In this commentary, David Morgan, Ph.D., is CEO of USF Health Byrd Alzheimer’s Institute in Tampa, and lead representative of the ResearchersAgainstAlzheimer’s Network says, “As a scientist researching Alzheimer’s for 30 years, I am convinced we are very close to meaningful treatments. The science is there; please help us get the resources to prove the science correct and make Alzheimer’s a memory.”
While the CDC attributed about 84,000 deaths in 2010 to Alzheimer’s, a new report estimates the number to be closer to 503,000. That puts it in a close third place, behind heart disease and cancer, and well above chronic lung disease, stroke and accidents, which rank third, fourth and fifth.
New study’s findings place Alzheimer’s nearly on par with cancer as the second most deadly disease in America. Despite this, Alzheimer’s receives a mere fraction of the research funding dedicated to cancer, which receives $5.7 billion annually compared to Alzheimer’s $550 million in funding.
Understanding Dementia MOOC is a FREE online dementia course available internationally. They had almost 9500 participants in their first offering and REGISTRATION IS NOW OPEN for the next course which begins on March 31st.
The Purple Angel logo is the international symbol representing all types of dementia. Late last year, 50 international Purple Angel Ambassadors, hailing from England, Germany, Australia, Nepal, Bangladesh, Singapore, Ukraine, Canada, and the United States, were appointed. Since then, the campaign has grown by leaps and bounds.
The SNIFF study and the A4 Trial are getting under way. Both trials are conducted through ADCS. SNIFF is enrolling participants at several sites now, with more opening over the next few months. As sites are approved, the SNIFF webpage will be updated. A4 expects to begin enrolling participants later this spring and will launch a website later this month.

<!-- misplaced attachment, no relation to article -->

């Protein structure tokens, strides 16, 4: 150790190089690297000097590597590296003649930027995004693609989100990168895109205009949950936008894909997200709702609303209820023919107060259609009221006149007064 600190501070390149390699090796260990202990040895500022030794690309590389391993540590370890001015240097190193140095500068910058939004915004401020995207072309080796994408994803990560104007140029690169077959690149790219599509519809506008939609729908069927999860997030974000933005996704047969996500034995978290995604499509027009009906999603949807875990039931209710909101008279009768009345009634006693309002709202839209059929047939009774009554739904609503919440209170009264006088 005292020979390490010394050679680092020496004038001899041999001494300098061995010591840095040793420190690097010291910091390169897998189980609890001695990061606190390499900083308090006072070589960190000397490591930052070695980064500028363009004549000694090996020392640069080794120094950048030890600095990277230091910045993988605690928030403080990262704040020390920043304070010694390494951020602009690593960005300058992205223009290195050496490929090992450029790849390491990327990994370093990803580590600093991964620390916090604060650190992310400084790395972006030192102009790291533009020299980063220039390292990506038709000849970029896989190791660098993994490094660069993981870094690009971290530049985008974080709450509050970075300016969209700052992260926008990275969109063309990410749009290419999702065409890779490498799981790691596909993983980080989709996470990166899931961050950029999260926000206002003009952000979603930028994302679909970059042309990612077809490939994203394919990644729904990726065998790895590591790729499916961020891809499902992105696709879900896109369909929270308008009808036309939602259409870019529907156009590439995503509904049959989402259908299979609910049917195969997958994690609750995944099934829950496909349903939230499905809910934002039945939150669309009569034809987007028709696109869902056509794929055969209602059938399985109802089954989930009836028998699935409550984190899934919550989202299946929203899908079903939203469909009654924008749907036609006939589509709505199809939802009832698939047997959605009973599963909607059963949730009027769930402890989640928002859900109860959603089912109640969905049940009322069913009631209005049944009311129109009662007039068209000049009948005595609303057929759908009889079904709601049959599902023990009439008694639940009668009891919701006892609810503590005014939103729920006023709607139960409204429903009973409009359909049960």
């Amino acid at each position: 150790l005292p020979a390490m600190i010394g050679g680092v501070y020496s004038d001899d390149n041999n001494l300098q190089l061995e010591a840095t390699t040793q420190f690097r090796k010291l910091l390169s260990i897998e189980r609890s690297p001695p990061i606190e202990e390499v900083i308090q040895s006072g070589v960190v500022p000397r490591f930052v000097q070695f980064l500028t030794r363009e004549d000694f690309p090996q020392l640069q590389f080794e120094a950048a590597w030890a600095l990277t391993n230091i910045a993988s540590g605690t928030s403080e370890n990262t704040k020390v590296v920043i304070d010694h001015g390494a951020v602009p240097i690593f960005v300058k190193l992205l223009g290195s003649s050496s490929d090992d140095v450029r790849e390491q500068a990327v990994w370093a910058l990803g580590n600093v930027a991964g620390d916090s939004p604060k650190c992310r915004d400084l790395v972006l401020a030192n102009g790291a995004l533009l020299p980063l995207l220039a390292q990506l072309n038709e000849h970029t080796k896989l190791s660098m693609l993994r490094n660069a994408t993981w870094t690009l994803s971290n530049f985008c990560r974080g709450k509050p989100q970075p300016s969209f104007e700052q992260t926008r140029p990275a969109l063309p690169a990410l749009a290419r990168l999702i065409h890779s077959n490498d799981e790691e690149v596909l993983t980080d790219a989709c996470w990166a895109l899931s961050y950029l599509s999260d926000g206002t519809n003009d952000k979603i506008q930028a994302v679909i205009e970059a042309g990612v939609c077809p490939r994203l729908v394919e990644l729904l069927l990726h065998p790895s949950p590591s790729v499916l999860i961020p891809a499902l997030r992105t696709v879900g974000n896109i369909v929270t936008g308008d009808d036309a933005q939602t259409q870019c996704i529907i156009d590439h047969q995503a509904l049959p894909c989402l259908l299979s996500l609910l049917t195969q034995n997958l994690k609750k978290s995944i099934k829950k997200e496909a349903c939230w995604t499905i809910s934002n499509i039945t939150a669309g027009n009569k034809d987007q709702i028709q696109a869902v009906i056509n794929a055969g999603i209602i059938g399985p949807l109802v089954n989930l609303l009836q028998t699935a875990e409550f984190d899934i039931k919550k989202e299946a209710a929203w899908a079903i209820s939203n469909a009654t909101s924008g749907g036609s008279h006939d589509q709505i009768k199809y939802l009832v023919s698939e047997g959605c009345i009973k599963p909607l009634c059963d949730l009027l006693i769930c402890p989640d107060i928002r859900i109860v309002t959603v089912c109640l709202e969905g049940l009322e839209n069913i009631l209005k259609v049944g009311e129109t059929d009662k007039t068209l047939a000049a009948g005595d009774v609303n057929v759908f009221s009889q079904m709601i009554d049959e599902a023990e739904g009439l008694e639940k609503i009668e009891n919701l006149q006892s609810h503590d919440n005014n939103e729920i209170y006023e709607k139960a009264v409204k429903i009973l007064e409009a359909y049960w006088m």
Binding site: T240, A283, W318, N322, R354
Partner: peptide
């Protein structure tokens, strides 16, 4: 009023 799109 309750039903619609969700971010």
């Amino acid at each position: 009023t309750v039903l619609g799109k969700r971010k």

The National Institutes of Health (NIH) has announced an unprecedented commitment by 10 biopharmaceutical companies and several nonprofits, including USAgainstAlzheimer’s, to pool resources and expertise in order to speed the discovery of drug treatments for Alzheimer’s and a targeted number of other chronic diseases.
Researchers at Cleveland Clinic are participating in a new clinical trial designed to test the effectiveness of using a currently-approved diabetes drug to prevent the development of Alzheimer’s Disease in people who are predisposed to develop the condition. The study will also look at whether a new genetic biomarker, TOMM40, is an additional indication of a patient’s elevated risk of developing the disease.
1/11/14 Goodnight. Sleep Clean.
According to Danish biologist Maiken Nedergaard, sleep may play a crucial role in our brain’s physiological maintenance. As your body sleeps, your brain is quite actively playing the part of mental janitor: It’s clearing out all of the junk – beta-amyloid – that has accumulated as a result of your daily thinking.
Researchers at the Banner Alzheimer’s Institute are hoping they can find a more promising future by intervening well before any symptoms show.
Recently, the Banner Alzheimer’s Institute began a groundbreaking research trial involving more than 300 cognitively healthy volunteers from an extraordinarily large Colombian family. Thousands of members of the family carry a rare genetic mutation related to EOAD. The trial, which the National Institutes of Health has called a cornerstone in the National Plan to Address Alzheimer’s Disease, relies on genetic clues that could help stave off the disease long before symptoms would manifest.
The study has implications for both research and treatment. “Now that we’ve pinpointed where Alzheimer’s starts, and shown that those changes are observable using fMRI, we may be able to detect Alzheimer’s at its earliest preclinical stage, when the disease might be more treatable and before it spreads to other brain regions,” said Dr. Small.